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GES172 - 0ne57 Building, NYC

A pleasantly mild day in the Big Apple, and having walked the length of the Freedom Tunnel, it was suggested to us by GE011 that we walk down Broadway. GE074 being new to NYC, we set off. By the time we reached the bottom of Central Park, we'd walked well over a 100 blocks and crashed onto the rocks at the bottom of the park exhausted. This is one of my favourite spots in NYC, a place to chill in the warm evening sunshine., looking at the Essex House and other buildings that line the bottom of Central Park. Only this time the view was different, a huge tower was being constructed behind the Essex House. Immediately we both looked at each other, 'oh yeah!' After we regained our strength we walked over to the building, which happened to be next to the famous Carnegie Hall. The hall was also scaffed up, we'd found an explorer's playground. I looked through the hoardings and examined the site from the sidewalk/pavement. It was looking pretty sketchy. I then crossed the street to look at it from the other side of the road, where the access point presented itself. There were two sections of crane sat on the curtained off section of the sidewalk, one of which was at the perfect height for getting over the 8ft high hoardings.

We felt the Sunday would be the perfect night to tackle this site, as there should be less chance of workers. So that night we chose to tackle it in the early hours. Fast forward to the evening, and we left GE011's apartment, and headed across town. The street was still busy with constant swarms of cars whizzing back and forth, the odd person walking by. I got to the start point near the crane section, and waited for a break in the traffic. When i got the break, I rushed up the crane, and whipped over the hoarding. There I quickly checked to make sure no one had seen, and there wasn't any security inside the perimeter. There wasn't, and I was in clean. I waved and whistled GE074 to come over, as he seemed to be hesitating. Finally he came over, and popped up. We dropped down, and were conveniently next to a set of stairs. We then began the ascent. After a few floors, the stairs stopped, so we headed across the building. Here is one of the floors, with a trolley of plumbing parts. The floors here were near completion.

Higher and higher we went, the floors seemed to tick off so slowly. I was suffering, something I'd not really experienced before. I had to take a break around the 40th floor. The side of the building was just empty, and the gentle wind flowed through easily. These are the stairs around the 50th floors. around floor 59, the floors disappeared and ladders came into play.

Finally we popped out into the crisp New York City air, and climbed another ladder to the highest floor, the 61st in the US, or 60th in the UK. The floor hadn't been finished off, and had gaps and unsafe flooring all over. Harness straps lay all over the place, for where workers would clip themselves in, to avoid being blown or falling off the edge. Luckily there were some flimsy looking barriers in place to slow us on our plummet to splaterdom should we get too close to the edge. The building was approximately 250m high where we were stood.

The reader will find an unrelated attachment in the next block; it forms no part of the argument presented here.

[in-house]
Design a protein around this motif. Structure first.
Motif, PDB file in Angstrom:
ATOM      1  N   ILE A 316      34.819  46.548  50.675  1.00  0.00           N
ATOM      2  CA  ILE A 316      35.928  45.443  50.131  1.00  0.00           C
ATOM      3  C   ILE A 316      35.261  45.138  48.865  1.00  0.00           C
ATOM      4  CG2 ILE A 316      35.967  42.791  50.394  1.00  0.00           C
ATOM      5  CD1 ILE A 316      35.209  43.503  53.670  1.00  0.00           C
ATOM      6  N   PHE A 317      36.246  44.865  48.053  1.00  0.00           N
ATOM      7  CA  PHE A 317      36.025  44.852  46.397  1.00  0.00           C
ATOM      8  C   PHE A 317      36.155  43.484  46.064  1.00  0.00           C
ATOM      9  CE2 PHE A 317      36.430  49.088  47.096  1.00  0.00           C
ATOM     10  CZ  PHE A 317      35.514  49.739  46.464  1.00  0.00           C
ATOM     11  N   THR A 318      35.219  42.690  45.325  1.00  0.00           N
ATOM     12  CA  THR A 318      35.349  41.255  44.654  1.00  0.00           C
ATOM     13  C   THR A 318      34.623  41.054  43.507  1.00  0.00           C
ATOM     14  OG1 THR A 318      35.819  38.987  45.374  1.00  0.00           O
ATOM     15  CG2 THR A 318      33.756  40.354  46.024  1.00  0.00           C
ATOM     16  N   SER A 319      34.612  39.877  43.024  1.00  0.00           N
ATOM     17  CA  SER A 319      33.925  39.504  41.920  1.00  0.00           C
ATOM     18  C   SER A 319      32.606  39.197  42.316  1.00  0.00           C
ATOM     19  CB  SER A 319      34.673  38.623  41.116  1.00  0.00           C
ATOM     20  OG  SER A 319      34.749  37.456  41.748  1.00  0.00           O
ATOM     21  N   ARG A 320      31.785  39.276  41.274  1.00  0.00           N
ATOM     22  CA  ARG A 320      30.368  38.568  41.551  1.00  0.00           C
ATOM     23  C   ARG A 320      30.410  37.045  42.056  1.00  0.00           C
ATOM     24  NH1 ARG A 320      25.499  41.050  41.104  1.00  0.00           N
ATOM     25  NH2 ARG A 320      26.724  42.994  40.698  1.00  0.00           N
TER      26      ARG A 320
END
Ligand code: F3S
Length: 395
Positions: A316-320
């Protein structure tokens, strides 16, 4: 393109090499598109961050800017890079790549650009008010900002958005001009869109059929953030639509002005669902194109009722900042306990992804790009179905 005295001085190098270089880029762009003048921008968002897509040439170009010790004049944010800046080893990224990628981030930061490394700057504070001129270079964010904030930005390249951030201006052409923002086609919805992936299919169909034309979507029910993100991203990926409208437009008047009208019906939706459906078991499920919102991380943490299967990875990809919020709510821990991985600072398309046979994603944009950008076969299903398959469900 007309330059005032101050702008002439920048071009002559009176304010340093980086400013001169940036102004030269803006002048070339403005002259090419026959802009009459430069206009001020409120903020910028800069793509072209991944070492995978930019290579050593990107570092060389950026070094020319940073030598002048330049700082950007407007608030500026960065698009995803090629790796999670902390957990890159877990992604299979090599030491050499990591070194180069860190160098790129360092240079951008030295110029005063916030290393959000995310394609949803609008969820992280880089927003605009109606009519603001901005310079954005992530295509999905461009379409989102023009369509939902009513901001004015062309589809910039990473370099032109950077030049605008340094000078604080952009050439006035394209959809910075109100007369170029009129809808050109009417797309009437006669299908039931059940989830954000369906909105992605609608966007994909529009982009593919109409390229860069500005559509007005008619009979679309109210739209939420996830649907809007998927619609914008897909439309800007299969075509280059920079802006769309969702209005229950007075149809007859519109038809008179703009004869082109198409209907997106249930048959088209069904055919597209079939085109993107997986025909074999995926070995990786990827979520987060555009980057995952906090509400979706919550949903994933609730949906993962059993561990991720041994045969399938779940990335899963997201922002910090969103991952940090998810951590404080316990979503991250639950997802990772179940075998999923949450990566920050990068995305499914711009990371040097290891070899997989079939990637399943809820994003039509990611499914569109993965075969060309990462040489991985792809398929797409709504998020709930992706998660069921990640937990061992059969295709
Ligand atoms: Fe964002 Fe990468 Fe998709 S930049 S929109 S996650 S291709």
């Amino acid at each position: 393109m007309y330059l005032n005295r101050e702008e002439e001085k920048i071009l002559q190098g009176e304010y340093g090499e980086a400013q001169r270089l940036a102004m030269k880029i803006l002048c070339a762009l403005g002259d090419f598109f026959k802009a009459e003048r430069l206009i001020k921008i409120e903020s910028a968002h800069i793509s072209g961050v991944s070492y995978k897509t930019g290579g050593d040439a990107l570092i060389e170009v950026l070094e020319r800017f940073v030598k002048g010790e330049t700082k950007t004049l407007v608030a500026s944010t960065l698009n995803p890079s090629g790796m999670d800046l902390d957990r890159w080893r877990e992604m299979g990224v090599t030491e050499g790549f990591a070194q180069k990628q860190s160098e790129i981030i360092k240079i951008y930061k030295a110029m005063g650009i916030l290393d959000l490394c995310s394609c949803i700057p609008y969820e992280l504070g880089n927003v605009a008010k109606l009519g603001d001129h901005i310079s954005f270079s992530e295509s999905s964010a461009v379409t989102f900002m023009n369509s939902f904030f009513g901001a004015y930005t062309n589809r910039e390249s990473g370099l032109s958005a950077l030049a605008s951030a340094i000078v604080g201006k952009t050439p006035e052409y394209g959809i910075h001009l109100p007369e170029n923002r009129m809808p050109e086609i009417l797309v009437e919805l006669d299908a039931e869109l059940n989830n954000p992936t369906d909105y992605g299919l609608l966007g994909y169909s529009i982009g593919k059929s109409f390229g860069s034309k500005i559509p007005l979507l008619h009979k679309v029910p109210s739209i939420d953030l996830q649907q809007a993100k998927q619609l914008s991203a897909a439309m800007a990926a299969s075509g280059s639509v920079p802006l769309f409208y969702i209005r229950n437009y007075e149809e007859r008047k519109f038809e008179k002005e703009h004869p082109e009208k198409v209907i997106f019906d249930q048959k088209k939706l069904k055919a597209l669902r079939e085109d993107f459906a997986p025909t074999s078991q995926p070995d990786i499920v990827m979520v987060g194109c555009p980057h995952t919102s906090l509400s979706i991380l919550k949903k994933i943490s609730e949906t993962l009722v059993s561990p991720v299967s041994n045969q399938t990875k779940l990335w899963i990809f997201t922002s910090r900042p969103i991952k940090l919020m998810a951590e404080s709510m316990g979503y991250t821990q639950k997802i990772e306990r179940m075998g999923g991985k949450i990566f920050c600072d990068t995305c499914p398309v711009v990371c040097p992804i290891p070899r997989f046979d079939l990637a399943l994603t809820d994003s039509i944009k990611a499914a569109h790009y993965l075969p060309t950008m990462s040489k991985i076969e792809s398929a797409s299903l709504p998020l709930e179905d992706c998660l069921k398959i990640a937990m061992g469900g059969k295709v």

The main thing I wanted to see was Central Park from above. It had been a long held ambition realised last year to see Hyde Park from above, and to see one of the other great landscaped city parks from on high was pretty damn special. The famous jogging circle around the Reservoir is lit up at the top end of the park. Some light reflects of The Lake to the bottom left of the Reservoir, with sunbathing hotspot Sheep Meadow forming the large dark oblong just below it. From up high one could see a police car patrolling around the park with it's lights flashing merrily away.

Looking East at this tower's neighbours, including the right angle topped Citigroup centre (or Center for locals!), overlapping with the Sony Centre with it's distinctive rounded notch in the roof. The white outlined Solow building appears to have two red lights on the roof, next to it the pinstripe General Motors building, and with the light on an antenna is the Bloomberg Tower.

On the Western side the Hudson River splits New York and New Jersey on the far bank. Columbus Circle buildings sit in the extreme bottom right corner, with the South tower of the Time Warner Centre behind it glowing with four red lights on the roof. The Norman Foster designed diamond façade building in the centre of the picture is the Hearst Tower, rising above the original 6 storey building it was built on top of.

Looking South East, one of my favourite buildings in the world, the wonderful Chrysler building glowing in the centre. The mammoth General Electric building sits across the way on the right of the picture.

Looking directly downtown (south) the 231m Carnegie Hall Tower sits across the street from here, two red lights on it's roof. The domed roof of the darker City Spire Centre sits behind it.

With other fish to fry, we collected up our stuff, and headed down. My legs had stiffened from climbing the 60 flights of stairs up, and on descending my calves were killing me. Again I stopped to try to rebalance my leg muscles half way down. I was much relieved to see the hoarding and jumped up and down to try to get my legs working again. We then climbed over the hoarding, and went off down the street in search of a subway stop.

The building has since completed and is 75 stories high and 306m, 4m shorter than the Shard. It became a news story when a hurricane sandy hit the city and left one of the cranes buckled and distorted. An exploring friend managed to climb this building not long after the hurricane, and grabbed some great pictures, one can be seen here.